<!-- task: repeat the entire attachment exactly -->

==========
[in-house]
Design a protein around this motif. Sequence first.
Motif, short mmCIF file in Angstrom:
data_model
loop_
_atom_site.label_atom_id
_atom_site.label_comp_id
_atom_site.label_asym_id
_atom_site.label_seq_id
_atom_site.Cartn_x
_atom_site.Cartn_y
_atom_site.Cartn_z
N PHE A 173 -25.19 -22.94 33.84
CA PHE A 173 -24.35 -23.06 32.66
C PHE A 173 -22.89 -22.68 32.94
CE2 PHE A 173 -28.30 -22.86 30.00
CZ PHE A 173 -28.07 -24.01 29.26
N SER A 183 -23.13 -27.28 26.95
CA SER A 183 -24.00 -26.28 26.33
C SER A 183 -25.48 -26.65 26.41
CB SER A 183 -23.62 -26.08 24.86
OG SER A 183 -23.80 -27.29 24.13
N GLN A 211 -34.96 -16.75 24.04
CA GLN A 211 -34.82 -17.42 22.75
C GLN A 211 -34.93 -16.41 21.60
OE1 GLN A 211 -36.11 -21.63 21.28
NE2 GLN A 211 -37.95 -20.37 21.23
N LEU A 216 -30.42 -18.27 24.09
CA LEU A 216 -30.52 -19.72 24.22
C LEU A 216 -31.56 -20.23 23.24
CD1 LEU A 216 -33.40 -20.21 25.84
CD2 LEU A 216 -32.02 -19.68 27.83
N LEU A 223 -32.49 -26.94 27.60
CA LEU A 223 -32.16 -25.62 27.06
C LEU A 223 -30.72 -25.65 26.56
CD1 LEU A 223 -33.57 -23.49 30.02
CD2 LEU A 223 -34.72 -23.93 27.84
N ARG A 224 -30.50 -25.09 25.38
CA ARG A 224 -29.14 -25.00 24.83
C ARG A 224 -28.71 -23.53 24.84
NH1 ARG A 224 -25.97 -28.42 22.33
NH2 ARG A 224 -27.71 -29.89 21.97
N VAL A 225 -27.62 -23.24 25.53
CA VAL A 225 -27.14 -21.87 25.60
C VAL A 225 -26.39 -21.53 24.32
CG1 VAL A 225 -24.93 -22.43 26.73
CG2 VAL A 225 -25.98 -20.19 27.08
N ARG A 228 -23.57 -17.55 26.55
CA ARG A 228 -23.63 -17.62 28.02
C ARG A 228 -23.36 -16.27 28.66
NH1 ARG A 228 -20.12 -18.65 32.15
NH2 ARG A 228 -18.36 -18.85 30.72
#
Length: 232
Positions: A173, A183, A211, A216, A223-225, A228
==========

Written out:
[in-house]
Design a protein around this motif. Sequence first.
Motif, short mmCIF file in Angstrom:
data_model
loop_
_atom_site.label_atom_id
_atom_site.label_comp_id
_atom_site.label_asym_id
_atom_site.label_seq_id
_atom_site.Cartn_x
_atom_site.Cartn_y
_atom_site.Cartn_z
N PHE A 173 -25.19 -22.94 33.84
CA PHE A 173 -24.35 -23.06 32.66
C PHE A 173 -22.89 -22.68 32.94
CE2 PHE A 173 -28.30 -22.86 30.00
CZ PHE A 173 -28.07 -24.01 29.26
N SER A 183 -23.13 -27.28 26.95
CA SER A 183 -24.00 -26.28 26.33
C SER A 183 -25.48 -26.65 26.41
CB SER A 183 -23.62 -26.08 24.86
OG SER A 183 -23.80 -27.29 24.13
N GLN A 211 -34.96 -16.75 24.04
CA GLN A 211 -34.82 -17.42 22.75
C GLN A 211 -34.93 -16.41 21.60
OE1 GLN A 211 -36.11 -21.63 21.28
NE2 GLN A 211 -37.95 -20.37 21.23
N LEU A 216 -30.42 -18.27 24.09
CA LEU A 216 -30.52 -19.72 24.22
C LEU A 216 -31.56 -20.23 23.24
CD1 LEU A 216 -33.40 -20.21 25.84
CD2 LEU A 216 -32.02 -19.68 27.83
N LEU A 223 -32.49 -26.94 27.60
CA LEU A 223 -32.16 -25.62 27.06
C LEU A 223 -30.72 -25.65 26.56
CD1 LEU A 223 -33.57 -23.49 30.02
CD2 LEU A 223 -34.72 -23.93 27.84
N ARG A 224 -30.50 -25.09 25.38
CA ARG A 224 -29.14 -25.00 24.83
C ARG A 224 -28.71 -23.53 24.84
NH1 ARG A 224 -25.97 -28.42 22.33
NH2 ARG A 224 -27.71 -29.89 21.97
N VAL A 225 -27.62 -23.24 25.53
CA VAL A 225 -27.14 -21.87 25.60
C VAL A 225 -26.39 -21.53 24.32
CG1 VAL A 225 -24.93 -22.43 26.73
CG2 VAL A 225 -25.98 -20.19 27.08
N ARG A 228 -23.57 -17.55 26.55
CA ARG A 228 -23.63 -17.62 28.02
C ARG A 228 -23.36 -16.27 28.66
NH1 ARG A 228 -20.12 -18.65 32.15
NH2 ARG A 228 -18.36 -18.85 30.72
#
Length: 232
Positions: A173, A183, A211, A216, A223-225, A228